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In 1997, for it's fiftieth anniversary, the Cannes Film Festival asked Leos Carax for a short film, a kind of postcard addressed to the festival, in which the director would give news of himself and of his film project "Pola X".
Pierre vive con la madre in Normandia. Un'esistenza tranquilla e felice. Ogni mattina Pierre va a trovare Lucie, la propria fidanzata. Sono in fermento perchè devono sposarsi fra breve. Una sera il giovane fa uno strano incontro. Una donna bella e malinconica, dal volto stranamente familiare. Lei gli dice di essere sua sorella e di chiamarsi Isabelle. Pierre rimane scioccato : perchè la madre non gli ha mai rivelato questo segreto? Written by
Pola is an acronym for "Pierre ou les ambiguites," the French translation of the title of the Herman Melville novel on which the film is based. See more »
Be careful! You dream of writing a mature work, but your charm lies in your thorough immaturity. You dream of setting fire to God knows what, of rising above your times like a dazzling cloud, leaving everyone terrified and admiring. But you weren't born for that, Pierre! You don't even believe it yourself.
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To borrow from the film itself: "A raving morass that reeks of plagiarism."
I want very much to believe that the above quote (specifically, the English subtitle translation), which was actually written, not spoken, in a rejection letter a publisher sends to the protagonist, was meant to be self-referential in a tongue-in-cheek manner. But if so, director Leos Carax apparently neglected to inform the actors of the true nature of the film. They are all so dreadfully earnest in their portrayals that I have to conclude Carax actually takes himself seriously here, or else has so much disdain for everyone, especially the viewing audience, that he can't be bothered letting anyone in on the joke.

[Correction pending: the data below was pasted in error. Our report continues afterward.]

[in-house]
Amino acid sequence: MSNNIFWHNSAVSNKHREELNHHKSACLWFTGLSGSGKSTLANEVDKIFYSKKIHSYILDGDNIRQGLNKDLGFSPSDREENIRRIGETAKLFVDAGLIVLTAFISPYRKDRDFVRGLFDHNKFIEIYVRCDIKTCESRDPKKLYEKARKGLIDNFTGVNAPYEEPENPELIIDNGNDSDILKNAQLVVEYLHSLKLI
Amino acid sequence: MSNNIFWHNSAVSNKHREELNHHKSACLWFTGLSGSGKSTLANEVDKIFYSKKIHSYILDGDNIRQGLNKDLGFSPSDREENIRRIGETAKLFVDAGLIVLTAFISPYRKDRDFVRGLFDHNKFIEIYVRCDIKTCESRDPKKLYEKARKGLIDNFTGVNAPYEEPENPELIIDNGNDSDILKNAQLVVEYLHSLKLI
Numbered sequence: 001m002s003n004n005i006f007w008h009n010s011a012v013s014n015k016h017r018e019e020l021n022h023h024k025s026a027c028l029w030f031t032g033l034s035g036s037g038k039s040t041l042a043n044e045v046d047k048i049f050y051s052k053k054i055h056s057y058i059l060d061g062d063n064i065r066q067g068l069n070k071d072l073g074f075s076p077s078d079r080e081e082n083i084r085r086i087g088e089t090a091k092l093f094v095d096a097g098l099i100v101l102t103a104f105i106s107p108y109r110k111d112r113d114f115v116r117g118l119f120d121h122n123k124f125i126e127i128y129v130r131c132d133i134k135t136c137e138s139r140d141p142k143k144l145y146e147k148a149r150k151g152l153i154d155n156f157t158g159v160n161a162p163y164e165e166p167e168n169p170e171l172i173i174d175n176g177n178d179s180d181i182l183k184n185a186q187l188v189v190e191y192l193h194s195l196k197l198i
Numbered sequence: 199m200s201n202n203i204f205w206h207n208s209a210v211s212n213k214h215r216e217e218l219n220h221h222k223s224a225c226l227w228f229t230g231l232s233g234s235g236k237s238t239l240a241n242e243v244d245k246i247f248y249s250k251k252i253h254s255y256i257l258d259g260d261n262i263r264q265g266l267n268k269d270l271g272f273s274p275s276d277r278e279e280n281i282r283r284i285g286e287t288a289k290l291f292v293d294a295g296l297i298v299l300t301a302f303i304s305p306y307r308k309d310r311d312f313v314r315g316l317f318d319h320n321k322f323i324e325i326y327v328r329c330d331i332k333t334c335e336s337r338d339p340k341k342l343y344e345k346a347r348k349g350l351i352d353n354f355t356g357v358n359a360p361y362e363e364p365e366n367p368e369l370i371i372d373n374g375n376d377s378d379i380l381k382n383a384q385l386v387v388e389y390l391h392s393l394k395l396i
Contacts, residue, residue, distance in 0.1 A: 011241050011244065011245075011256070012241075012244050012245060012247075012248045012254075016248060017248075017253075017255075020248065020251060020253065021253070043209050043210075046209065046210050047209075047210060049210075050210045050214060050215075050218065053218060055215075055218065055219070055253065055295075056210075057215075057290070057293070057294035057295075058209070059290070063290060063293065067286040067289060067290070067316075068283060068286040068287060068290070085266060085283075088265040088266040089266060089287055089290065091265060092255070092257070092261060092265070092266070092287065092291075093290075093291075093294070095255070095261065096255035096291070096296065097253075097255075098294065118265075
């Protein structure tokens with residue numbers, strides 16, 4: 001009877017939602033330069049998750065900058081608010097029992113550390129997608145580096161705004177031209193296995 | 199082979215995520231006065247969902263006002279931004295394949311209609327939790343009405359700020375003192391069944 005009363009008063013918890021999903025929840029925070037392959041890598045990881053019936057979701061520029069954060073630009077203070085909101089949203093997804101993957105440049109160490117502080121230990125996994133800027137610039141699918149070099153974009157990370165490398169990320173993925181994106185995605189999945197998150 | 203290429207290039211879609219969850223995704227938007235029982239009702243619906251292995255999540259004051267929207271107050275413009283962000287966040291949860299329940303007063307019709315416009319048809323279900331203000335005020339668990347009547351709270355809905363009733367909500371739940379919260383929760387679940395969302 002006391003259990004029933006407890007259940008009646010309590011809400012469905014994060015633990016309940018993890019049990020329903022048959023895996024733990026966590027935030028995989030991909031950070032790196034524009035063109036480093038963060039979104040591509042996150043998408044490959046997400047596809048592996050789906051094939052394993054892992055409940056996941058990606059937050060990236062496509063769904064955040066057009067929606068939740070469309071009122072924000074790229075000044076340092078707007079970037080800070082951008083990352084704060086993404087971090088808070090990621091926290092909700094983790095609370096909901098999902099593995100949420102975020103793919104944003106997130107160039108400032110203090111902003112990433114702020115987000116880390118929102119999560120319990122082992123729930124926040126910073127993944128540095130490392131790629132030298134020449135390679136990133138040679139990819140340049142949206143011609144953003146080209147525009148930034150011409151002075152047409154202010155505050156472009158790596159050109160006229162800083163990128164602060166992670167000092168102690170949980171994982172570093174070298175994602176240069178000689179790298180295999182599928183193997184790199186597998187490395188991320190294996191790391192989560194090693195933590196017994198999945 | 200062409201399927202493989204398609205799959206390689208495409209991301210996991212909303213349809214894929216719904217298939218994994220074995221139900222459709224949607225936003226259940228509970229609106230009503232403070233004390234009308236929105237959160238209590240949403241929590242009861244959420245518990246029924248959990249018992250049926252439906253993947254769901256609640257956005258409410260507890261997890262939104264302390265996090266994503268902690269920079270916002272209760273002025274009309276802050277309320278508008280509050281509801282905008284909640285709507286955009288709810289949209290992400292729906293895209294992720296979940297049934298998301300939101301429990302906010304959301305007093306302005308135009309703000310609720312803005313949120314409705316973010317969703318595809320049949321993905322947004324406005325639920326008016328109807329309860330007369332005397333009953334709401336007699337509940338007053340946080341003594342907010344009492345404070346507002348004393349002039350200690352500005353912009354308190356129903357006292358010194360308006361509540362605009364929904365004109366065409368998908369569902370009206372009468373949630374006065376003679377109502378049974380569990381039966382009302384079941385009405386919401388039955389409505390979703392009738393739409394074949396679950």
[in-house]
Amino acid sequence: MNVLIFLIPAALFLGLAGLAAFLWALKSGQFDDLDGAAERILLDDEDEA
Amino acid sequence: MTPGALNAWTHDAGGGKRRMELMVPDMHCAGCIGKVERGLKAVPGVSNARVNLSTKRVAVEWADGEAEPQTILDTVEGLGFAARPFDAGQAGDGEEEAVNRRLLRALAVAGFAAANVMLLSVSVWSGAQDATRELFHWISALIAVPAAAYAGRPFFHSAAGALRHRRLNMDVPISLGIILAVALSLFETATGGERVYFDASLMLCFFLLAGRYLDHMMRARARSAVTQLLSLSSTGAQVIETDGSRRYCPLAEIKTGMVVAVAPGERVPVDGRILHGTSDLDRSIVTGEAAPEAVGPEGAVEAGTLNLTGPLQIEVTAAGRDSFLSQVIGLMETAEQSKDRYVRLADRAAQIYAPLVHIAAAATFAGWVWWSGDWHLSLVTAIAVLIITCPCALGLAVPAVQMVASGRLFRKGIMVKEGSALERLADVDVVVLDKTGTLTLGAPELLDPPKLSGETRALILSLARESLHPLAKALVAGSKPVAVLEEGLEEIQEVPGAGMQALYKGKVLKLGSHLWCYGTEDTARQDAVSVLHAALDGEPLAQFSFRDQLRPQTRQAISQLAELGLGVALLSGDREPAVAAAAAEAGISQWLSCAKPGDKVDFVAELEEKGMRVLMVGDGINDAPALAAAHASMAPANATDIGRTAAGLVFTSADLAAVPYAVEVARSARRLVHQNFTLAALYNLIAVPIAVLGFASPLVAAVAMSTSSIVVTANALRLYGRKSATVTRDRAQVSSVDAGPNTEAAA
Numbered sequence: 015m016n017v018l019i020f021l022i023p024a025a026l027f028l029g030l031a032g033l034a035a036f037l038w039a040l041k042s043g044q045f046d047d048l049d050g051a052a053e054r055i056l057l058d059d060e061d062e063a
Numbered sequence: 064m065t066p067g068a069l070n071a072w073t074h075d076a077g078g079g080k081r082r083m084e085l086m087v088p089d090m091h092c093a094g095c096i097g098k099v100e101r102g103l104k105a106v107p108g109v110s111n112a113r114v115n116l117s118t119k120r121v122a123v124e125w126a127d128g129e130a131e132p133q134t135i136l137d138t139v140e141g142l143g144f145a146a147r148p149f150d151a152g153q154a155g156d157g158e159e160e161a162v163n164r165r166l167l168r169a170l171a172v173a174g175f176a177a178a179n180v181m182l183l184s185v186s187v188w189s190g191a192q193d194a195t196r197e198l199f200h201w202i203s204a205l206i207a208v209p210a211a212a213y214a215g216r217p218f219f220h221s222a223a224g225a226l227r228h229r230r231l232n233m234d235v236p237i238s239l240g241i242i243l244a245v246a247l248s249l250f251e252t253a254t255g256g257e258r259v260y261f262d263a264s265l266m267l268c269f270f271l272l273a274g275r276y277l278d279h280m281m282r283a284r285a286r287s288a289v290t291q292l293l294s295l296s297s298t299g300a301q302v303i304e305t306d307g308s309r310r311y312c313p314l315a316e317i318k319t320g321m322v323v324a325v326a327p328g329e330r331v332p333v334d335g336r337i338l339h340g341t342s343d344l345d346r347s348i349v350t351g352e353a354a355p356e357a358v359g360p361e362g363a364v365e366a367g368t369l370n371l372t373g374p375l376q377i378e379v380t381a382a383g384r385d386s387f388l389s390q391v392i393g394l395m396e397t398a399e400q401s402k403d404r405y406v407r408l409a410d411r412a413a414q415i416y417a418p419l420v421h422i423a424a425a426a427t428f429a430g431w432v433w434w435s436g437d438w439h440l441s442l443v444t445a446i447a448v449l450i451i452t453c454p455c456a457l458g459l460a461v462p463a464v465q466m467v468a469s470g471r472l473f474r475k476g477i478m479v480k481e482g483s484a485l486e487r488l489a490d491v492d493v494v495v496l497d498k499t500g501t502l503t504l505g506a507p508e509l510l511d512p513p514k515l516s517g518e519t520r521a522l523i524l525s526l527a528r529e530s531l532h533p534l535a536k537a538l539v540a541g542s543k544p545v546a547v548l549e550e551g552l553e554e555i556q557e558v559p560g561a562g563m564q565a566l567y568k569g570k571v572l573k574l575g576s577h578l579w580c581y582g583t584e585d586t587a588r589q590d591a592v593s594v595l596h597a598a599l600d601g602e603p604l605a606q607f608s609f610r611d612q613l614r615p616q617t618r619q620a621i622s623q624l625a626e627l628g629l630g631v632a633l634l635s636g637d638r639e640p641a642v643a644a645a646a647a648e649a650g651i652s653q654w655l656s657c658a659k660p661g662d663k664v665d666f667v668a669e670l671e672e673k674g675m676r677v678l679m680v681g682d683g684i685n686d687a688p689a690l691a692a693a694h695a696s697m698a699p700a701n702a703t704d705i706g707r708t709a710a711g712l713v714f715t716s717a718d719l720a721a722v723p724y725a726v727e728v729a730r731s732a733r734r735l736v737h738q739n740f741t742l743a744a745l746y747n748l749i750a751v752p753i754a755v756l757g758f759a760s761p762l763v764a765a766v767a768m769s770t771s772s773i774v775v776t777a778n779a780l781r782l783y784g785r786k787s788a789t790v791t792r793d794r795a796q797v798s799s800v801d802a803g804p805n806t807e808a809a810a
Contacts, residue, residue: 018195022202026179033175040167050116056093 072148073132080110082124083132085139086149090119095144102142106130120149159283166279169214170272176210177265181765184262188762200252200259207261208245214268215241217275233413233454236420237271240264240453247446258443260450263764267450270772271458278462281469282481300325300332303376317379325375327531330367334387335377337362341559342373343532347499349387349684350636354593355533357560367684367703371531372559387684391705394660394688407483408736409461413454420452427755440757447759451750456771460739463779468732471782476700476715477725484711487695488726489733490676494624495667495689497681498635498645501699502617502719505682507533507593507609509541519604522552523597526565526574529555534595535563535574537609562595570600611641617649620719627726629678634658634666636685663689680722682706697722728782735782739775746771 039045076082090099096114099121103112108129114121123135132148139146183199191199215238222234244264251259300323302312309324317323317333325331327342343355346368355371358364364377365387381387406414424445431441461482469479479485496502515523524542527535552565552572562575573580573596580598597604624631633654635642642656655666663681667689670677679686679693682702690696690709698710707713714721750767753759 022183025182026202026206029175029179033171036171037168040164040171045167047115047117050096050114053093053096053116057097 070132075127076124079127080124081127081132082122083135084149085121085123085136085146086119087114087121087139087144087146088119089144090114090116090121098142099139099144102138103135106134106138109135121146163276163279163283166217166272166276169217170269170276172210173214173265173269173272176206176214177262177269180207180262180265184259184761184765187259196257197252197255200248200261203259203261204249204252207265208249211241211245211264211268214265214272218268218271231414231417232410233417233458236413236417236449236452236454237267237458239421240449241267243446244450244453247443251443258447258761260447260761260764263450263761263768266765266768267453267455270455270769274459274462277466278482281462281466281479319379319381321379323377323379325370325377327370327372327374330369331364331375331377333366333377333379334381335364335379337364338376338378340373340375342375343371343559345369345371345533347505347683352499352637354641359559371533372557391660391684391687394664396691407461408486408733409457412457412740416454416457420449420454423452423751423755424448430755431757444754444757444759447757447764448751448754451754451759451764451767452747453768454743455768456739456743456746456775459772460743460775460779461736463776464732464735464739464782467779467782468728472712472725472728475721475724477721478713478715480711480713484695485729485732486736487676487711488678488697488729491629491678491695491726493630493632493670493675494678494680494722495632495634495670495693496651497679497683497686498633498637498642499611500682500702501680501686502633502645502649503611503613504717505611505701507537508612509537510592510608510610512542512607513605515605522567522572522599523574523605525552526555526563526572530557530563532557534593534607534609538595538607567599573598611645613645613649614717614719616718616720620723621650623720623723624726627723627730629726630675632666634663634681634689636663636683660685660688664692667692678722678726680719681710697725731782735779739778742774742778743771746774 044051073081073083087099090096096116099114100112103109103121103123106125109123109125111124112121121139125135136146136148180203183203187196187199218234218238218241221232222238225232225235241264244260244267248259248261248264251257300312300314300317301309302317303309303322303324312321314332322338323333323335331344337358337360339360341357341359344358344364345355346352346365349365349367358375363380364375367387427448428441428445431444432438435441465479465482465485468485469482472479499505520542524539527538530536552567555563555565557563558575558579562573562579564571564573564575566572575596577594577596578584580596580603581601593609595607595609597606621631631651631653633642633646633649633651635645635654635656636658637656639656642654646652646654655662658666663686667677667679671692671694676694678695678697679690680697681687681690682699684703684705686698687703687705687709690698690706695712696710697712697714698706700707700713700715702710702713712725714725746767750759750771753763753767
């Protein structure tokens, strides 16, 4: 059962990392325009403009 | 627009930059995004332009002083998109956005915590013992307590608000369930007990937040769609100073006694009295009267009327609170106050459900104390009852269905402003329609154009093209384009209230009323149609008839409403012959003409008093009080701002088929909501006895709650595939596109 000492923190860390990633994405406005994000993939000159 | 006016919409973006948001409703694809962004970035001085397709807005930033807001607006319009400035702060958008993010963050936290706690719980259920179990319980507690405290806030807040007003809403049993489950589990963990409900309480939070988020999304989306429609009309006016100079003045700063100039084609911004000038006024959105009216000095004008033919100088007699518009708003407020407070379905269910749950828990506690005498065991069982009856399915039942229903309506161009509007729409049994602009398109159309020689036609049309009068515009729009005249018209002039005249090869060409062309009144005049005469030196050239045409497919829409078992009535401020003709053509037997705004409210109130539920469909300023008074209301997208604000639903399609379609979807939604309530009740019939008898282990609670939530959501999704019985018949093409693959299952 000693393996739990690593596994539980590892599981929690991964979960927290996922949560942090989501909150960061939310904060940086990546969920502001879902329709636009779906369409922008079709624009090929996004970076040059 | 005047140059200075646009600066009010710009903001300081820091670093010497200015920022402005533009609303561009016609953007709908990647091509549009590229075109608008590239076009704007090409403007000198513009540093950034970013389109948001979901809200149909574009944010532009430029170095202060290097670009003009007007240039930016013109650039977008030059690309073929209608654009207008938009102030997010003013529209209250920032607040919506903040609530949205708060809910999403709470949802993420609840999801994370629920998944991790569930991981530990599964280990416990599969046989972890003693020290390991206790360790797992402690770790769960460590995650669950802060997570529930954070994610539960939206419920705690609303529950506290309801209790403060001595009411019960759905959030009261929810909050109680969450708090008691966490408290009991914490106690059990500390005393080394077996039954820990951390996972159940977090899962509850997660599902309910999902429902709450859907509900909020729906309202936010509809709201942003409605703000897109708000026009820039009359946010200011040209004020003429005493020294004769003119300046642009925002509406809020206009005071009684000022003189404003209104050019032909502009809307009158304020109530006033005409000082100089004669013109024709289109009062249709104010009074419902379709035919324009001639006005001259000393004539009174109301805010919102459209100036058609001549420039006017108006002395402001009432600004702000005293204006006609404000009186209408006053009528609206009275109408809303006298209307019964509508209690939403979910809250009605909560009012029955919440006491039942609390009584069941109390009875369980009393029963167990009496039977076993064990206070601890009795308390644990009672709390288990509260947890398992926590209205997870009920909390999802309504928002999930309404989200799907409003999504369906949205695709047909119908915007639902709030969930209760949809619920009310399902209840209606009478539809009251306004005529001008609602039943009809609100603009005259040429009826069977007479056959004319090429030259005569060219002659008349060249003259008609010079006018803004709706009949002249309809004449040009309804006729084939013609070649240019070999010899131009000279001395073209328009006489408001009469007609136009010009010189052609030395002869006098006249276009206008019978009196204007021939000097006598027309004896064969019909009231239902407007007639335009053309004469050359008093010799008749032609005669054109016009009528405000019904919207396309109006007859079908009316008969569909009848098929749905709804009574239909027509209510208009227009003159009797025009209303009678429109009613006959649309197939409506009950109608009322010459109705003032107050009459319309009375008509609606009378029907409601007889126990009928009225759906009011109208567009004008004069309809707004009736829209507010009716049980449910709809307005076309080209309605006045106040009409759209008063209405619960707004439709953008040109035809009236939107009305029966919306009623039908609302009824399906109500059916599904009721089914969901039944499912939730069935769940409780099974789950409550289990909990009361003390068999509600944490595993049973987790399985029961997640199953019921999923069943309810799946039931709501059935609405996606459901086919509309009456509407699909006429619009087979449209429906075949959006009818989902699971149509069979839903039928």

Some auteurs are able to get away with making oblique, bizarre films because they do so with élan and unique personal style (e.g., David Lynch and Alejandro Jodorowsky). Others use a subtler approach while still weaving surreal elements into the fabric of the story (e.g., Krzysztof Kieslowski, and David Cronenberg's later, less bizarre works). In Pola X, Carax throws a disjointed mess at the viewer and then dares him to find fault with it. Well, here it is: the pacing is erratic and choppy, in particular continuity is often dispensed with; superfluous characters abound (e.g., the Gypsy mother and child); most of the performances are overwrought; the lighting is often poor, particularly in the oft-discussed sex scene; unconnected scenes are thrust into the film for no discernible reason; and the list goes on.
Not to be completely negative, it should be noted that there were some uplifting exceptions. I liked the musical score, even the cacophonous industrial-techno music being played in the sprawling, abandoned complex to which the main characters retreat in the second half of the film (perhaps a reference to Andy Warhol's 'Factory' of the '60s?). Much of the photography of the countryside was beautiful, an obvious attempt at contrast with the grimy city settings. And, even well into middle-age, Cathering Deneuve shows that she still has 'it'. Her performance was also the only one among the major characters that didn't sink into bathos.
There was an earlier time when I would regard such films as "Pola X" more charitably. Experimentation is admirable, even when the experiment doesn't work. But Carax tries nothing new here; the film is a pastiche of elements borrowed from countless earlier films, and after several decades of movie-viewing and literally thousands of films later, I simply no longer have the patience for this kind of unoriginal, poorly crafted tripe. At this early moment in the 21st century, one is left asking: With the exception of Jean-Pierre Jeunet, are there *any* directors in France who know how to make a watchable movie anymore? Rating: 3/10.
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